Social Security Disability (SSD) Benefit applications can be overwhelming, and SSD attorneys are skilled at handling common and unique issues that arise throughout the process. Social Security disability insurance (SSDI) applications and disputed cases are won and lost on medical evidence. Legal counsel can provide a compelling story, based on relevant medical records, facilitating an expedient resolve and faster access to the proper disability benefit amounts to which a disabled person is entitled.
Social Security disability benefits come from two different programs administered by the Social Security Administration (SSA).
- Social Security disability insurance (SSDI), only provides benefits to disabled workers who already paid taxes into the trust fund.
- Supplemental Security Income (SSI), provides financial assistance and health coverage benefits to disabled Americans who have not worked enough to qualify for SSDI.
SSDI provides monthly benefits to eligible disabled Americans whose conditions prevent them from working for at least 12 months. This program is designed for people who paid Social Security taxes throughout their working years and meet SSA’s work history and medical definition of a disability. SSDI attorneys can assess an individual’s situation to make sure they meet qualifications for benefit application. Benefits are paid monthly when individuals are unable to work for a year, or more due to disabilities. Benefits can be short term, or continue until the age of retirement, when they are converted to retirement benefits paid at the same amount. An SSDI attorney can outline the necessary requirements for the receipt of benefits.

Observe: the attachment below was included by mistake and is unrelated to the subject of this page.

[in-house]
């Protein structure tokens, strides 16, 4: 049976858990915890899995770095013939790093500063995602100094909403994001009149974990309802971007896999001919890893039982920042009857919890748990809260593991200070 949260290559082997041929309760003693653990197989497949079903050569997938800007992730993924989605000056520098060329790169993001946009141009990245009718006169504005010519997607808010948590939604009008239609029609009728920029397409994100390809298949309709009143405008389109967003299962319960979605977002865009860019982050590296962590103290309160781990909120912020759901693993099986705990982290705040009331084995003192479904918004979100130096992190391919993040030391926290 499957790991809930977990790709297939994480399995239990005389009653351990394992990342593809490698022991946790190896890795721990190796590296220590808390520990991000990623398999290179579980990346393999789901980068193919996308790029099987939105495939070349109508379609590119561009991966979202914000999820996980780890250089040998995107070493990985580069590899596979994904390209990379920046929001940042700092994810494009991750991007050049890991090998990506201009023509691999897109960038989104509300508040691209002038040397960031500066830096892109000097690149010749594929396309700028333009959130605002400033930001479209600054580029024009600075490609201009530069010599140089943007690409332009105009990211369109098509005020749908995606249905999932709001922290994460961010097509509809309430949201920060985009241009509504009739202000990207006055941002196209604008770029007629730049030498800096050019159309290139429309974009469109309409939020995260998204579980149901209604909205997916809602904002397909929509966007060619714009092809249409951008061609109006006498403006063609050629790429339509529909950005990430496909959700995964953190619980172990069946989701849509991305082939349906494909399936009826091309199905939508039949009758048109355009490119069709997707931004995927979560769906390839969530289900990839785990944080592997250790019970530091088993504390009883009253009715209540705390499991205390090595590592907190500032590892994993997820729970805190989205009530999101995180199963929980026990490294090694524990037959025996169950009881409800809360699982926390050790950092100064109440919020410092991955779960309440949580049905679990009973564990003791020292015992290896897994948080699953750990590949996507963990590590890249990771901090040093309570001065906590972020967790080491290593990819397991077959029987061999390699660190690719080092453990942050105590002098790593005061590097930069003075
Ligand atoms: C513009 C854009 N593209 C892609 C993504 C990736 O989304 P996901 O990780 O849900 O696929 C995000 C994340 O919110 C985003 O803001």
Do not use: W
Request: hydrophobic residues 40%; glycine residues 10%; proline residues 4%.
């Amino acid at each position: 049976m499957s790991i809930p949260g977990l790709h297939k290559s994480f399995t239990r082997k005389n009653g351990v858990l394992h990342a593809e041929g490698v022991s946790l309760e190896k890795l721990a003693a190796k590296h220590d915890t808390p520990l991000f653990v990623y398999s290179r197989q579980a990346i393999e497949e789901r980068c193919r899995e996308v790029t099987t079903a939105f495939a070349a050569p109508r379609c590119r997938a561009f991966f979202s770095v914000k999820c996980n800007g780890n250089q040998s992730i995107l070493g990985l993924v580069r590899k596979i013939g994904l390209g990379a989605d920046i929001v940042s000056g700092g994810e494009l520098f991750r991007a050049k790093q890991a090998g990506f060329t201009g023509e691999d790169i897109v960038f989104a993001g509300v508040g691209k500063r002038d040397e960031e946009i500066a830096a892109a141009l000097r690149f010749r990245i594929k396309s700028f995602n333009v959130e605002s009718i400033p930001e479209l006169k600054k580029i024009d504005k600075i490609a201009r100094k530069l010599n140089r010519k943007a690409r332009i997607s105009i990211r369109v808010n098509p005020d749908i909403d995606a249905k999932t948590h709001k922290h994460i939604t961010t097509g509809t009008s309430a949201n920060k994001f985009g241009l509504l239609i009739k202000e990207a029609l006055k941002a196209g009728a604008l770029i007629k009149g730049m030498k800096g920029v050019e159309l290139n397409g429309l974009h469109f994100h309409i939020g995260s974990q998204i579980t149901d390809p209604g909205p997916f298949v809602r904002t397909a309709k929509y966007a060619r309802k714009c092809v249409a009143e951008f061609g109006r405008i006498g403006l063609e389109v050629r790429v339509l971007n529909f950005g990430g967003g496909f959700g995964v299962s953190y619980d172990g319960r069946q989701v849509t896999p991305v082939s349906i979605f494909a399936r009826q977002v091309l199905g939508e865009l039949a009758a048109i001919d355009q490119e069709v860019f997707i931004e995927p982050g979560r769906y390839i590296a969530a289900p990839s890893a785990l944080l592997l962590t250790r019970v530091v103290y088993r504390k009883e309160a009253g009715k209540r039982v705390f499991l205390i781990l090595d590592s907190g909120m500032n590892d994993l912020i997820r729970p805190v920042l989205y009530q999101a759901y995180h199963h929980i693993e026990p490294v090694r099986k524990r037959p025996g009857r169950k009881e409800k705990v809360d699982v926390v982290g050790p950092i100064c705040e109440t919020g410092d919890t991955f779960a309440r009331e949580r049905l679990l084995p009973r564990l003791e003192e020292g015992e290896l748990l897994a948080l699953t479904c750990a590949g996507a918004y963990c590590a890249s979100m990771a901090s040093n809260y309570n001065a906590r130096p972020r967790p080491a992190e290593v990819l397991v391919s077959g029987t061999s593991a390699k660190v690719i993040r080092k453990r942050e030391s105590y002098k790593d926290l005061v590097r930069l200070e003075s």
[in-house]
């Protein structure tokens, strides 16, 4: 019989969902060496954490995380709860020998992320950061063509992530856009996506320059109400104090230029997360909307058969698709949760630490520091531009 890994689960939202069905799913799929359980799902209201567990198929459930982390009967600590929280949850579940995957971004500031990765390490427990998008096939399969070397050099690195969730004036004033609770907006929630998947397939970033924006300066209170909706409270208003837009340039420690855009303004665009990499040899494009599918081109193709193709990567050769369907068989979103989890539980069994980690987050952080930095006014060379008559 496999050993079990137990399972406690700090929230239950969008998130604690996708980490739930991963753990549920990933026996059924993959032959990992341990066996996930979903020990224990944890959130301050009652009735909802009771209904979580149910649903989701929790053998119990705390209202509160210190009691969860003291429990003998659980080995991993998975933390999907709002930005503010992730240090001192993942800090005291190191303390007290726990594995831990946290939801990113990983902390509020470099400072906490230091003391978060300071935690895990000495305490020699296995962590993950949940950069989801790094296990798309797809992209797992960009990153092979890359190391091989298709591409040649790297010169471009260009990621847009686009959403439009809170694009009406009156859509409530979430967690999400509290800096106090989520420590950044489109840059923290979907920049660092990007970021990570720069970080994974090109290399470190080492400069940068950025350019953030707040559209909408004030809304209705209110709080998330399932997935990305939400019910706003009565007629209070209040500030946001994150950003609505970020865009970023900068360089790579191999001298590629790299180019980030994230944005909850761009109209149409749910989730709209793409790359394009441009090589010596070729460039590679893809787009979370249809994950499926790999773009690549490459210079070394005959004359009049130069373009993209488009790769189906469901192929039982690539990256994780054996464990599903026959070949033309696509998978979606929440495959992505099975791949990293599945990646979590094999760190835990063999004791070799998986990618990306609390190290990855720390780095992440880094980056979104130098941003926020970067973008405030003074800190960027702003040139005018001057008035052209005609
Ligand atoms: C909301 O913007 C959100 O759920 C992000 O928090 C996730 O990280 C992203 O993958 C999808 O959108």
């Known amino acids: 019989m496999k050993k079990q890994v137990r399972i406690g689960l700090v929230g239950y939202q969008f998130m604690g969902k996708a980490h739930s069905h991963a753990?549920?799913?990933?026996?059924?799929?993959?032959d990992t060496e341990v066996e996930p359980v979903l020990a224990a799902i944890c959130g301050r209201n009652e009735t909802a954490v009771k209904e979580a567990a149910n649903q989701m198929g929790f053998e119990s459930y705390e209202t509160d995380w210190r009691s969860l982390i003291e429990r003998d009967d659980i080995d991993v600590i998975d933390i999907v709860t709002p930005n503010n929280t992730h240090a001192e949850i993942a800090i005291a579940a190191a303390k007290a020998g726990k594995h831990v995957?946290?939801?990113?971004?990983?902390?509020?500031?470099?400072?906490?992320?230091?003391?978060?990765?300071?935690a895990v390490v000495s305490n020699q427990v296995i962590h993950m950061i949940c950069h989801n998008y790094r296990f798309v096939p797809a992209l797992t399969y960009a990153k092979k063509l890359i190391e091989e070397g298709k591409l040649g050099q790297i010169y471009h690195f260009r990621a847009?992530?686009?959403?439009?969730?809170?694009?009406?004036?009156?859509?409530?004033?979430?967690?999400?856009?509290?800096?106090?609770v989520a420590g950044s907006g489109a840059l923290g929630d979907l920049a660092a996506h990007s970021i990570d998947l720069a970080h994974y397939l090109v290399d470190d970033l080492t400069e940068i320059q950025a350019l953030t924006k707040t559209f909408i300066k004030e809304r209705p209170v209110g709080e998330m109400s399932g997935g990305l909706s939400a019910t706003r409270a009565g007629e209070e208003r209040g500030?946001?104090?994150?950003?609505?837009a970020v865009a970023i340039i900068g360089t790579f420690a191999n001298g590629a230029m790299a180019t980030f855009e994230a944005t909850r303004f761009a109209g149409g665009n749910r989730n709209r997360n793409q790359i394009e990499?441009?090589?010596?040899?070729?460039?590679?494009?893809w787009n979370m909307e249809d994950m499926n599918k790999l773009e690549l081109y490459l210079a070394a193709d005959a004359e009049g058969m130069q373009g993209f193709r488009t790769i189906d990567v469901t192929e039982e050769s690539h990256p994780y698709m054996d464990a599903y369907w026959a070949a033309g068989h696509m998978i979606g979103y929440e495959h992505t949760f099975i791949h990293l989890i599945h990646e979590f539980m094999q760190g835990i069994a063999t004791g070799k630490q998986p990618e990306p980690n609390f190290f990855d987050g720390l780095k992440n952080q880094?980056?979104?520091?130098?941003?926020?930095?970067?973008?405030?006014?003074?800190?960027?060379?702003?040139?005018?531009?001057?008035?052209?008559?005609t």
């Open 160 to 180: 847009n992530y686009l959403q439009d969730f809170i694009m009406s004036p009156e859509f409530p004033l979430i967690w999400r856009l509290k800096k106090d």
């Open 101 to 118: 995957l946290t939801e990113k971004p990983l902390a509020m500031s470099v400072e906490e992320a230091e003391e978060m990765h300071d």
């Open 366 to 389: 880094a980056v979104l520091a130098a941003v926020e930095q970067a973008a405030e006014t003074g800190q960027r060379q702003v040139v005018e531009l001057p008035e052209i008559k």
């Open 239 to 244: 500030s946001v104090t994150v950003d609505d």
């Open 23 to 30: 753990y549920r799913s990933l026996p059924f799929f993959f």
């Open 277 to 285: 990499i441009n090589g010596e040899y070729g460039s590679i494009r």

Qualification for SSDI benefits is dependent on work credits from a person’s total annual wage, or self-employment income. Forty credits are customarily necessary to qualify, with 20 of those credits earned in the last ten years of working before becoming disabled. Younger workers sometimes qualify with fewer credits. An SSDI attorney can assist with explanations related to work credits. There are special situations where individuals may apply for SSDI benefits, including disabled children, widows’, or widowers’ benefits, blind individuals, and wounded warriors and veterans.
Attorneys who have experience with social security disability applications assist individuals who need to properly document medical conditions, and produce relevant supporting evidence that provides proof that a disability should be covered. They collect, compile, and review medical documents and timelines that provide evidence of the disability through:
- Medical records outlining symptoms and treatments relevant to disability status.
- Physician testimony important due to doctor’s medical education, medical diagnoses, and first-hand knowledge of an individual’s symptoms leading to their disability.
- Treatment failure revealing that the applicant attempted all normal treatment methods.
- Employer and co-worker testimony providing first-hand accounts of how the disability affects safety, efficiency, and capabilities that would hinder applicant’s job abilities.
- Lawyer testimony after approval on the initial application.
Seek legal counsel.
Guidance can be provided by experienced SSDI attorneys as they help individuals prepare disability applications. Lawyers will explain differences in program benefits, necessary qualifications, and eligibility considerations.